Some of you may not be aware that I recently enrolled in the Communications@Syracuse program to get my Master of Science in Communications. One of the first courses I am taking for this online program is Intro to Digital Communications. We’ll be learning about the “evolving nature of digital communications,” while also discussing current issues facing our digital culture, among other topics.
In week 1, our class discussed digital convergence and the advantages and disadvantages that have come from this converging of media. Essentially, how has the technology of today affected how we live our lives. The simplest example of digital convergence is that our smartphones, tablets, and computers now allow us to listen to music, view directions, read articles and newspapers, take pictures and record video, watch TV shows and movies, take notes, use the calculator, and play games all on one device. Before the digital age, you would most likely have one device or medium for each of those activities.
Many of the advantages I think of in real life in the form of a question about the past: “How did a group of people go to a music festival or Mardi Gras and not lose each other within 20 minutes?” (My mom says she and her friends would link arms when walking down Bourbon during MG, and if one person needs to use the bathroom, then everyone needs to.)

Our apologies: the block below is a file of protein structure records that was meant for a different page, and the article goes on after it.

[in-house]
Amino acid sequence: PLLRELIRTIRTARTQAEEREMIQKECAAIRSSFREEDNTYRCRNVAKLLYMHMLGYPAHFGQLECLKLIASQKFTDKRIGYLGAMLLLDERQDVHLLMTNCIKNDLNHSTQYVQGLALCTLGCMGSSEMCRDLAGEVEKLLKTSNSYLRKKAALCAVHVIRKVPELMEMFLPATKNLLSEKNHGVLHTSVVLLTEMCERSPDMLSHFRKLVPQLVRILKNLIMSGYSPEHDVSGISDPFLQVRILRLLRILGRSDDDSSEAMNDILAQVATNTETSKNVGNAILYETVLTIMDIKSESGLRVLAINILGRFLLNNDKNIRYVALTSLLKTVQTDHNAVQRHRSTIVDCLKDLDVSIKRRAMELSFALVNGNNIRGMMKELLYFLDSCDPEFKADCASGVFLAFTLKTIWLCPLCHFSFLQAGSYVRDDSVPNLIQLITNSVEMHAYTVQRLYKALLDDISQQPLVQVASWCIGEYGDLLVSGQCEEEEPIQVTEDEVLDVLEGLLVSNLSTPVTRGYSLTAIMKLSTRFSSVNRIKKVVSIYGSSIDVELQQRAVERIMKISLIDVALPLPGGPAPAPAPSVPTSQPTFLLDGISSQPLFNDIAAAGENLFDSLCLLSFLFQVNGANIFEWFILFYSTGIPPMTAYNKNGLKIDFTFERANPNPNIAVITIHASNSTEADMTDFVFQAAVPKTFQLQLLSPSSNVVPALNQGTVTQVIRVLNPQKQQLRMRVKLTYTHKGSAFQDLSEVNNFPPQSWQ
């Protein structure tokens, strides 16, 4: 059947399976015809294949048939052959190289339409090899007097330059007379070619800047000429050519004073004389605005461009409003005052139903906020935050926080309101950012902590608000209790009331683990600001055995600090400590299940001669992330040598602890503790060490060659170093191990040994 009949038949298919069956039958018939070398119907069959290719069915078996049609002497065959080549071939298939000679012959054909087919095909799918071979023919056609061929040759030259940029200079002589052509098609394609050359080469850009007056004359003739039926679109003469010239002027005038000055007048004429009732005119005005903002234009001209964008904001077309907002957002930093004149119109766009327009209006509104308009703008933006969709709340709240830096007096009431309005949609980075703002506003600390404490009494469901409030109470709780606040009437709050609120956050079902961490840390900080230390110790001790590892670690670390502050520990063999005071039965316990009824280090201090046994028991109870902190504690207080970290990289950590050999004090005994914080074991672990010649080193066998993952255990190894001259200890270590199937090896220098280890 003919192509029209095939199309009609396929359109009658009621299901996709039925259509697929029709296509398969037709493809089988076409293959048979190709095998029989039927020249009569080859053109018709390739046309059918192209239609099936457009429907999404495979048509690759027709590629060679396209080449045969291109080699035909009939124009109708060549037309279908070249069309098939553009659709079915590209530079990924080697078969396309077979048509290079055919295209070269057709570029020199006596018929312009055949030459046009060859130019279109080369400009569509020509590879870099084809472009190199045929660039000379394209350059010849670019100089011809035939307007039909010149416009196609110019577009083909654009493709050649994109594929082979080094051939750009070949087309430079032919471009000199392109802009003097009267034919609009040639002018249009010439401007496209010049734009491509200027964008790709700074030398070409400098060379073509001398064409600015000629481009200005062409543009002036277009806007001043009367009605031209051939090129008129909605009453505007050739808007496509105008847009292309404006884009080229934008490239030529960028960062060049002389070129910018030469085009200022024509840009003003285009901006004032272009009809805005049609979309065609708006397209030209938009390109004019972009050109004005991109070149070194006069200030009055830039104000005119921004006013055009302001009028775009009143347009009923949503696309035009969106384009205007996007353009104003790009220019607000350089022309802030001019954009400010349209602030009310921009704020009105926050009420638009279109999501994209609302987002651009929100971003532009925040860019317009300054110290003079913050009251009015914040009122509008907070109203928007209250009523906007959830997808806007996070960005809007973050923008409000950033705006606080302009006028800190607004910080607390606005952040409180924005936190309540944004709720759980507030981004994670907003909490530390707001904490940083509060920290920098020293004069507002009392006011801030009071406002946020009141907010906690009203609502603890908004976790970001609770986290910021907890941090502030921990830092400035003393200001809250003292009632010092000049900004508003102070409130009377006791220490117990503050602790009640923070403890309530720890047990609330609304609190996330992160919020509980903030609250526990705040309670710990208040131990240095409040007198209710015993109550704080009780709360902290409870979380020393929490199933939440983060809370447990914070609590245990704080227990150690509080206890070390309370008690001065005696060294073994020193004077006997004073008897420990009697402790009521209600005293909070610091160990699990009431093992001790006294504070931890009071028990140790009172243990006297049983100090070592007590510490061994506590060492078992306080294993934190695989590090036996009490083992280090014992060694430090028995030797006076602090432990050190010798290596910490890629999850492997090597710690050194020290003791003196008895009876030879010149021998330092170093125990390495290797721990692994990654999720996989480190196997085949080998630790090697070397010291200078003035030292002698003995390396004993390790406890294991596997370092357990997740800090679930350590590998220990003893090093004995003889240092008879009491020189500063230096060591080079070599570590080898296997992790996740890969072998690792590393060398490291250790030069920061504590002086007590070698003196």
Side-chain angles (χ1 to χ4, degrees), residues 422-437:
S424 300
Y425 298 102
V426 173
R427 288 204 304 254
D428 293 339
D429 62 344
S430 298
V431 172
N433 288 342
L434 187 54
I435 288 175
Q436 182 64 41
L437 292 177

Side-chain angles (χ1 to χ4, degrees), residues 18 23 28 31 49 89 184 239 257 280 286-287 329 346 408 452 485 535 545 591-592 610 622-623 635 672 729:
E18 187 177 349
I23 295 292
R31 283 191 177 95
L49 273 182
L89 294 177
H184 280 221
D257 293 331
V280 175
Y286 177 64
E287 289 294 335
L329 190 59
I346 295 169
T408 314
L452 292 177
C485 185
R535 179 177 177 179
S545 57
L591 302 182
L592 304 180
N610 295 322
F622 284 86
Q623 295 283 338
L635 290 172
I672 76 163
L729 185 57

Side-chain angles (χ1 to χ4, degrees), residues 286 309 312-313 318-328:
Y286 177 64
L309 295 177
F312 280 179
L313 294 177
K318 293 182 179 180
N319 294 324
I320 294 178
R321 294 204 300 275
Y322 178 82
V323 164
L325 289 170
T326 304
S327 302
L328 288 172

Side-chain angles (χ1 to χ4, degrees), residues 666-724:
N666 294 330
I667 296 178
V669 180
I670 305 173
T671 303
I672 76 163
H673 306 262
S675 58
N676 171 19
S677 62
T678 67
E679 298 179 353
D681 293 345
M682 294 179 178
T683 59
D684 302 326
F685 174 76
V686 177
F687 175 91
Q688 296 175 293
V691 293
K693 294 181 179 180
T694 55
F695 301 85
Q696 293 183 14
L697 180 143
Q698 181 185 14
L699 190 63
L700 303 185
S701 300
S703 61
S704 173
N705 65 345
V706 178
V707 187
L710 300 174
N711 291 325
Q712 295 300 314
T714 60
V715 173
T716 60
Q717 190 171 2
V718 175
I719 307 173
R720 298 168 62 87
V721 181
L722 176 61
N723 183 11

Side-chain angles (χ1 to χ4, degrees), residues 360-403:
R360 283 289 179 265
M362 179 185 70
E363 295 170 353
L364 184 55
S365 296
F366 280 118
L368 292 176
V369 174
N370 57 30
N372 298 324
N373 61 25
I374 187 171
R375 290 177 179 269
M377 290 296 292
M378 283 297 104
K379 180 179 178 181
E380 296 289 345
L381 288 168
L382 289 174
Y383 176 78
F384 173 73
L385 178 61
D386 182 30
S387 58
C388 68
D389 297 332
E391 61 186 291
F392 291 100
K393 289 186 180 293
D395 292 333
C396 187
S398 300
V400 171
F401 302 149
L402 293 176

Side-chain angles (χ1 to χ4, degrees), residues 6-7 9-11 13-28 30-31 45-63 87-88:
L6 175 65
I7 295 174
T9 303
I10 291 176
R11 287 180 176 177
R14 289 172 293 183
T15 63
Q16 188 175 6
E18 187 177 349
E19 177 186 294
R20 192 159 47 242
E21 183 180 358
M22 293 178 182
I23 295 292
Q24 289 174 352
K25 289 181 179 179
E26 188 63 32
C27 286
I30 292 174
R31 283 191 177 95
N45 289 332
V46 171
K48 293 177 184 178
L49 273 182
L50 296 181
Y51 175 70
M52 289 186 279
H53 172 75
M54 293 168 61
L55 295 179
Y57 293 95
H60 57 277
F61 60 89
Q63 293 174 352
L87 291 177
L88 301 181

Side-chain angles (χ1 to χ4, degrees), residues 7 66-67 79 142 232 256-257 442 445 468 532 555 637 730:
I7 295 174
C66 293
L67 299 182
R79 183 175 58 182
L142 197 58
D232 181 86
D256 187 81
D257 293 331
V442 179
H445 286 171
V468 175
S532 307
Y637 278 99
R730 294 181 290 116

Other advantages are the speed information becomes available, the opportunity we all have to be content creators and have a voice (you are reading my blog after all), and an increased feeling of safety.
Disadvantages discussed included the need to fact check more often, because the individual social creator isn’t answering to any editor or boss. Additionally, accuracy can drop. Think about when breaking news occurs. The first reports come out on Twitter. Similar reports surface. Then, it always seems a report surfaces disputing part of the original story. Thus, unfortunately we must always be somewhat wary of early reports.
This was my first class of two (the other is multimedia storytelling), and I’m excited to learn more about the changing landscape of digital communications. More good news and info to come.